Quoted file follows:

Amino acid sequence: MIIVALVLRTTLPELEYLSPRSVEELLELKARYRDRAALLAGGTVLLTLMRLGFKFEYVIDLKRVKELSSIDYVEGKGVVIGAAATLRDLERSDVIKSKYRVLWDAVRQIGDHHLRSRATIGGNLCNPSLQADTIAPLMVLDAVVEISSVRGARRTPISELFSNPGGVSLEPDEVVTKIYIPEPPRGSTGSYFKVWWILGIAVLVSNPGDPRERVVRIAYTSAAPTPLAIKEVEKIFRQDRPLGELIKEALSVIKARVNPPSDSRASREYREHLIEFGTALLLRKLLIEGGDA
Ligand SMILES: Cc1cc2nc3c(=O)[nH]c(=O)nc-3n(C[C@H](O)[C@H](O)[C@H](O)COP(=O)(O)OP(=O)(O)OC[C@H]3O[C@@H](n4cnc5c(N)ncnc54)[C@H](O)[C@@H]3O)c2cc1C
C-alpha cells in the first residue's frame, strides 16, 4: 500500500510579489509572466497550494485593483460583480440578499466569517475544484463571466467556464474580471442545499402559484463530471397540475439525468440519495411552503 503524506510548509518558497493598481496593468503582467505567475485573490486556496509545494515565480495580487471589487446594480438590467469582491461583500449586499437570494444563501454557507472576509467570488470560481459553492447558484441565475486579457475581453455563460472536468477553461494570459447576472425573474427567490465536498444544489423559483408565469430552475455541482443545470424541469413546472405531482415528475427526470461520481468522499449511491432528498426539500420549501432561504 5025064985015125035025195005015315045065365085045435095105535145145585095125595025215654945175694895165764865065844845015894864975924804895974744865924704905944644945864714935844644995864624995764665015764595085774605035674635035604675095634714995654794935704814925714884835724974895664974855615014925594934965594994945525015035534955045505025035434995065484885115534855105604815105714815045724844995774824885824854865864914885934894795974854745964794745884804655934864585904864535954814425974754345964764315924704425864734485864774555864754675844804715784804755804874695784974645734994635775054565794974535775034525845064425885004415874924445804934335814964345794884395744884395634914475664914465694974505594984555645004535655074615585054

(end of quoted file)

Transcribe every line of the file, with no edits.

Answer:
Amino acid sequence: MIIVALVLRTTLPELEYLSPRSVEELLELKARYRDRAALLAGGTVLLTLMRLGFKFEYVIDLKRVKELSSIDYVEGKGVVIGAAATLRDLERSDVIKSKYRVLWDAVRQIGDHHLRSRATIGGNLCNPSLQADTIAPLMVLDAVVEISSVRGARRTPISELFSNPGGVSLEPDEVVTKIYIPEPPRGSTGSYFKVWWILGIAVLVSNPGDPRERVVRIAYTSAAPTPLAIKEVEKIFRQDRPLGELIKEALSVIKARVNPPSDSRASREYREHLIEFGTALLLRKLLIEGGDA
Ligand SMILES: Cc1cc2nc3c(=O)[nH]c(=O)nc-3n(C[C@H](O)[C@H](O)[C@H](O)COP(=O)(O)OP(=O)(O)OC[C@H]3O[C@@H](n4cnc5c(N)ncnc54)[C@H](O)[C@@H]3O)c2cc1C
C-alpha cells in the first residue's frame, strides 16, 4: 500500500510579489509572466497550494485593483460583480440578499466569517475544484463571466467556464474580471442545499402559484463530471397540475439525468440519495411552503 503524506510548509518558497493598481496593468503582467505567475485573490486556496509545494515565480495580487471589487446594480438590467469582491461583500449586499437570494444563501454557507472576509467570488470560481459553492447558484441565475486579457475581453455563460472536468477553461494570459447576472425573474427567490465536498444544489423559483408565469430552475455541482443545470424541469413546472405531482415528475427526470461520481468522499449511491432528498426539500420549501432561504 5025064985015125035025195005015315045065365085045435095105535145145585095125595025215654945175694895165764865065844845015894864975924804895974744865924704905944644945864714935844644995864624995764665015764595085774605035674635035604675095634714995654794935704814925714884835724974895664974855615014925594934965594994945525015035534955045505025035434995065484885115534855105604815105714815045724844995774824885824854865864914885934894795974854745964794745884804655934864585904864535954814425974754345964764315924704425864734485864774555864754675844804715784804755804874695784974645734994635775054565794974535775034525845064425885004415874924445804934335814964345794884395744884395634914475664914465694974505594984555645004535655074615585054